You wouldn’t wanna eat a sandwich from someone on the street for free, says Peter Pauls. Meaning that quality journalism cannot be gratis. Pauls, a former Africa correspondent, now in his final days as editor in chief of one of Cologne’s large daily newspapers, states that newspapers will have to find a proper financing model to further exist.
Also saying that, “we haven’t found it yet.”
Times were different when Pauls started in 1977. Back then newspapers were like a theater play, says Pauls. “Everybody was working towards the final product.” Today people prefer news. A problem for a finished and decelerated product – a newspaper is.
Back in the early days, with a climax of sellings in Germany around 1993, production of the papers were financed in one third by the selling price, the rest coming from advertisements. Today it is turned around, says Peter Pauls.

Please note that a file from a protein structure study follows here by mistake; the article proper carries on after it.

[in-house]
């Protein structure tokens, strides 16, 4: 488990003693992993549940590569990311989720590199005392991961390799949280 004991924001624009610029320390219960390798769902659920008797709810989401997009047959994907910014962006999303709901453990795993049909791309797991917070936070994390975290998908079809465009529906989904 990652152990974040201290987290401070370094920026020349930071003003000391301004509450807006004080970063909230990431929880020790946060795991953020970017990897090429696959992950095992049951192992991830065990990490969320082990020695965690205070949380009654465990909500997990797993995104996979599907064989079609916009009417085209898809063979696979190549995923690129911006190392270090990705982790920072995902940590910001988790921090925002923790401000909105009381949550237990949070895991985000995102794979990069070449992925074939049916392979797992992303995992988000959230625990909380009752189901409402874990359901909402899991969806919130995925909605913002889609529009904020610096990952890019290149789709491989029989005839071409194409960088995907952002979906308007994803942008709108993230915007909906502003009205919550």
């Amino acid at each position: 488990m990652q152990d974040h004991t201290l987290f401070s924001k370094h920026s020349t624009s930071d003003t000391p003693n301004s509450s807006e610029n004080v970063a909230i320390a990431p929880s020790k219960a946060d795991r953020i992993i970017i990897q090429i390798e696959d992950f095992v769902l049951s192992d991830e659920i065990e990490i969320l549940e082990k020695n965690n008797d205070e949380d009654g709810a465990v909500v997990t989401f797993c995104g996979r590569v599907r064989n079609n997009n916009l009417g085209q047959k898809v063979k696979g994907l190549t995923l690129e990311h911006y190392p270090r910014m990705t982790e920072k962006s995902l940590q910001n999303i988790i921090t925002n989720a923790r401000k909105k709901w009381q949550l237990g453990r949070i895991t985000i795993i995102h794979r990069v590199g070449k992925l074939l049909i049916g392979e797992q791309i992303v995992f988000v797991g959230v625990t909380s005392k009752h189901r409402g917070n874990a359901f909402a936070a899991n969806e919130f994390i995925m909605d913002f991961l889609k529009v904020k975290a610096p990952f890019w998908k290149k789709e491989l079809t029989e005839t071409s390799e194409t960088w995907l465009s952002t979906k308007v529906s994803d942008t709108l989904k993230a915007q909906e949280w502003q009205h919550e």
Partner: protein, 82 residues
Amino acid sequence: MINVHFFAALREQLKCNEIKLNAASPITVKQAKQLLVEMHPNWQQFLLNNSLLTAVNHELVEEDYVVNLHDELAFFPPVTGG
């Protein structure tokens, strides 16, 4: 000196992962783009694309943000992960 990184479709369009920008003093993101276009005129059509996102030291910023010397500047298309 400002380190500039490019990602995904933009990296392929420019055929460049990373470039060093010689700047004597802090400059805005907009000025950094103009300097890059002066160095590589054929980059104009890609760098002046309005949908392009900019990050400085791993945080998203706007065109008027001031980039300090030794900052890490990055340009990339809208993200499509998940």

“We earn money with internet advertisements,” he states. But the paper also has to constantly adapt the market. According to Pauls, the only way to further exist.
A market that has expanded with the internet. Blogs and online-magazines are now competitors to newspapers. Or in the case of many newspapers, they are their own competitors, since they are also presenting stories online.
“The amount of sources was smaller in the early days,” Peter Pauls says. “Something that had not been printed in a newspaper had not happened…”